I anticipate that the Commissioner of the City of London Police will be applying his mind, as will the Commissioner of Police of the Metropolis and others, to the lessons to be learnt. It cannot be disputed that there was a co-ordinated attack on the LIFFE building, which eventually failed.

Permission is not needed for assemblies in a public place, as opposed to marches or processions. Conditions can be imposed on public assemblies but they are difficult to enforce if the organisers are not known. I suspect that the non-co-operation experienced was very much with that in mind. Your Lordships might agree. I know of no charge of holding a march or procession without a licence but again, the point made by the noble Lord, Lord Cope, is well taken.

I do not know whether or not there was a connection with those persons who indulged in demonstrations against road widening schemes. One needs to be cautious about saying anything at this stage. The last thing I want is someone to say that a trial had been prejudiced, thereby bringing about an acquittal, by my answering specific questions.

The City's business did continue and the markets were open. They bring enormous benefit to the whole economic wellbeing of this country. In many ways the best answer given to the protestors is that business did continue. That seems an important rebuff.

The noble Lord, Lord Harris, indicated that these were well-organised scenes of provocative behaviour. I have no doubt that is so. I live in Clerkenwell, which is only a few minutes' walk from Smithfield, where the demonstrations seem to have begun. I travelled down Fleet Street, trying to return to the Home Office. There is no excuse for what was done. None at all. Speaking

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for my part, always having held the police in a high personal regard, my regard for them rose by the minute as I saw the patience with which they were dealing with people who are really just thugs.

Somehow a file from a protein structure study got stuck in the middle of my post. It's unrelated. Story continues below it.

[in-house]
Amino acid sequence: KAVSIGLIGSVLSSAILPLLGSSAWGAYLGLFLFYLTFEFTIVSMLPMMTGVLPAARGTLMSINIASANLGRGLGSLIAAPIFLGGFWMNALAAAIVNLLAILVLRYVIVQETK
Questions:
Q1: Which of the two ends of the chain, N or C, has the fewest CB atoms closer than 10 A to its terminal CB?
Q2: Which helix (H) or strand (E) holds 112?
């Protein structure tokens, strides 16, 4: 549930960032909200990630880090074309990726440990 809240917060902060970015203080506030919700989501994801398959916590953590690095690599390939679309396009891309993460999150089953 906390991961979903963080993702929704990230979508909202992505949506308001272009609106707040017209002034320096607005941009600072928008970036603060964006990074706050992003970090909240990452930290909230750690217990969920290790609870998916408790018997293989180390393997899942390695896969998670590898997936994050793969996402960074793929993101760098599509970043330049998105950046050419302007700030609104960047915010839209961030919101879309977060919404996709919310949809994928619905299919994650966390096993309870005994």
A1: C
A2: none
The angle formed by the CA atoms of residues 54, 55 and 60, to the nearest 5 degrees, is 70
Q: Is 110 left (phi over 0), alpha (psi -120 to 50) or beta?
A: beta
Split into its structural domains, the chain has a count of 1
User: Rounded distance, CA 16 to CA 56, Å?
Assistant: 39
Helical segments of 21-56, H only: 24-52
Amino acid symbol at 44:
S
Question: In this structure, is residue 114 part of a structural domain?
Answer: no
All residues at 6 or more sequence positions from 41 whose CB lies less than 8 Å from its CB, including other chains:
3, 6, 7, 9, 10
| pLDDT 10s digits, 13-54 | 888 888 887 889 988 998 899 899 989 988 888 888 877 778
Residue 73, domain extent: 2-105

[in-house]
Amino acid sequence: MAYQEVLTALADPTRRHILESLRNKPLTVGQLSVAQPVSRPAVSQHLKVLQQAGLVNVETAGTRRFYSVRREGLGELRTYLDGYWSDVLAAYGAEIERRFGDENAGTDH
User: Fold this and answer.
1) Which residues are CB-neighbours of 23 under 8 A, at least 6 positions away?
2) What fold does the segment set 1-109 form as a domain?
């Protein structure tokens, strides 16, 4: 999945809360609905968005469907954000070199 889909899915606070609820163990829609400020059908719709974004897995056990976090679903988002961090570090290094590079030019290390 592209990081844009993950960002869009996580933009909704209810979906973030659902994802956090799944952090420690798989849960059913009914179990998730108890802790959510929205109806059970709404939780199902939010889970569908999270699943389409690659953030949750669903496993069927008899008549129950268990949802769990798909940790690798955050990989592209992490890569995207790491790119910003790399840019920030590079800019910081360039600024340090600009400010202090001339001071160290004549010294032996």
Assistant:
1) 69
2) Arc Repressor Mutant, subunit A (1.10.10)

There was a plain refusal to co-operate. The noble Lord, Lord Harris, is right--the intention was to override the right of everyone else to go about their business in peace, order and security. There are lessons to be learnt, not least that one should remain steadfast and carry on with one's daily life and business so far as that is possible.

If there is any further intelligence from reports made to my right honourable friend the Home Secretary, I will be more than happy to return to your Lordships with that information, either by letter or in the Chamber. If that is done by letter to any of the respective spokesmen, I will of course place a copy in the Library in the usual way.

5.48 p.m.

Lord Levene of Portsoken: My Lords, I declare an interest as the Lord Mayor of the City of London, and the City is my constituency.

Is the Minister aware that, despite the best endeavours of the demonstrators, firms in the City of London continued working normally throughout Friday and business was not disrupted? I spent three hours walking among the demonstrators, to see for myself exactly what was happening. I was appalled. This was not a demonstration turned sour by policing that was too heavy. Nor was it a demonstration that was hijacked by a violent element. The organisers always intended the demonstration to be violent. It was designed to create as much damage and disruption as possible. I saw the way in which its focus shifted and the deliberate way in which demonstrators went about their business. There can be little doubt that much energy had been spent trying to bring the City of London to a complete halt, but they failed.

Would the Minister and the whole House care to join me in congratulating all those in the City--those who work there together with our police force--who ran the gauntlet of the protestors to get on with their jobs? I saw ripped jackets, City workers being spat at, despatch riders and taxi drivers being assaulted, and endless demonstrators urinating in the street.

The majority of the 300,000 people who work in the City took those events in their stride. They continued with their work, which benefits this country and its economy so much. That needs recognition. People who work in the City are the first to give their money and time to others. They are the first to help others in need. They are the first to recognise the right to free speech. That which they had to suffer on Friday was beyond the bounds of what was acceptable.